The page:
My kids have experienced being educated in both traditional schools and home school. As a hands-on educator to them, I felt the huge difference in the way they grew as learners. And homeschooling also taught me a lot in terms of being a teacher, parent, and being a fellow online learner.
Here are some reasons why...
1. My kids are classmates but they learn different lessons. What have you noticed with the schools whether in this country or abroad? Most of them are centered on academics. Students spend eight or more hours in school learning Math, English, Science, History, etc. The four walls of their classroom serve as the borders of their learning as the teachers and students rarely go out.
In Finland - and I will be talking a lot about this country on this particular post because they rank second only to South Korea on the World's Best Education Systems Ranking - all grade levels share the same classroom. Along the way, we learned to fuse their study time. For instance, while my Grade 9 kid is watching a video about the weathering of rocks, I am also teaching the other with his Grade 7 lesson in adding fractions.
As a teacher, I learned to prep the lessons in advance so that I can be a one-on-one educator to both my kids. Plus, here's my favorite part - we are not confined to the walls of our home when it comes to learning. We can visit museums, parks, galleries, and just about any place that is relevant to their lesson. Our Philippine History lessons are so rich because of our trips. We also visit beaches and we hike for their Science lessons.
2. Increased play/talent improvement time. Kids in Finland spend more time playing compared to children in the U.S. 'Know what they say, all work and no play makes Jack a dull boy. Play allows creativity and develops their imagination. Their dexterity also improves while their cognitive and social skills are also enhanced.
3. Less school time. My kids only spend three hours each day to study their lessons. They can then spend the rest of the day to pursue what they love to do like write stories, draw, paint, and play the piano. Even a videoke session becomes a lesson!
4. Educator and learners have more leeway. While the topics are standardized because of the required K-12 Curriculum, the lessons become more comprehensive and relevant as the teacher presents the lesson in a way that the student would best understand. Our trips to the museums, for instance, are counted as my kids' Philippine History projects and when we watched the movie, Goyo: Ang Batang Heneral, it became their movie analysis for their Filipino subject.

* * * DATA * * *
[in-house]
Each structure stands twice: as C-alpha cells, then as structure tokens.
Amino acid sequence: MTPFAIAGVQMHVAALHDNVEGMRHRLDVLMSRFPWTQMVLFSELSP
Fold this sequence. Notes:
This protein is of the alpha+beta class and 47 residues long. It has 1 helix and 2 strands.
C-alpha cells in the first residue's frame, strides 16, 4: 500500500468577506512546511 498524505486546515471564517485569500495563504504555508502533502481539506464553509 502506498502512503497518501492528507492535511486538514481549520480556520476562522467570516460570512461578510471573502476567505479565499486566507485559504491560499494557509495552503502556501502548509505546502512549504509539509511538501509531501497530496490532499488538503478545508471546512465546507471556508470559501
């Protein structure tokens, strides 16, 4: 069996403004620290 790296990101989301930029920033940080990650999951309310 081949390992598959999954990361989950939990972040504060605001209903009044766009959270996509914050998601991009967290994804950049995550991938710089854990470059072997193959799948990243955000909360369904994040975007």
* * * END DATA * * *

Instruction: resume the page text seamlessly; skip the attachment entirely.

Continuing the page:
5. Culture-infused lessons. We made the mistake before. In our wish to go to the U.S. and establish a life there, we ended up teaching our first kid with English. Her first language was not Filipino or any of the dialects that we know (Cebuano and Ilocano). She grew up struggling in school when she had to learn Filipino and when the teachers taught in Tagalog.
Now, as I look at the way we parent our kids, it seems that those who live in the city automatically teach English instead of Tagalog. We can hear parents talking to the small ones in English while grocery shopping or eating in a restaurant. To them, it doesn't matter that their English is carabao English and spoken, still, in Filipino accent.
We realized how we're technically erasing our identities as Filipinos the more that we spoke to our kids in English. Language is a form of cultural heritage and allowing it to slowly disappear in your family is just tragic.
We are now correcting our previous mistakes by teaching culture-infused lessons and celebrating the things that are Filipino. Pagmamano is being practiced in our home and our kids would always say po or opo when communicating with adults. We also tell them to speak in Filipino as much as they can, teach them to cook and appreciate Pinoy foods, and to be God-fearing citizens who respect others while not being doormats in the process.
All these efforts do not mean that we shun globalization, though. We welcome learnings from other cultures, we embrace technology, and we also celebrate diversity. In short, we are slowly becoming holistic human beings.
F. (2015, October 26). 8 Ways Finland Gives Its Children the Education System America Can Only Dream of. Retrieved October 25, 2018, from https://mic.com/articles/81889/8-ways-finland-gives-its-children-the-education-system-america-can-only-dream-of#.c41GeQxpX
Finland vs United States Education Stats Compared. (n.d.). Retrieved October 25, 2018, from http://www.nationmaster.com/country-info/compare/Finland/United-States/Education/table
Tung, S. (2012, January 20). How the Finnish school system outshines U.S. education. Retrieved October 25, 2018, from https://news.stanford.edu/news/2012/january/finnish-schools-reform-012012.html
World Best Education Systems. (n.d.). Retrieved October 25, 2018, from http://worldtop20.org/worldbesteducationsystem?gclid=EAIaIQobChMIn8yczqWh3gIVkh0rCh2OKwztEAAYASAAEgL_vPD_BwE
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E.S. Villamor has made a career in writing for a decade now. Her online business - GIML (Gabriela Isabel & Miguel Lucas) Publishing started in 2014. She advocated for women's rights and was once enamored with imparting financial literacy through training and blogs but she is now focused on propagating all things Filipino. This site is also being groomed as a rich homeschooling resource.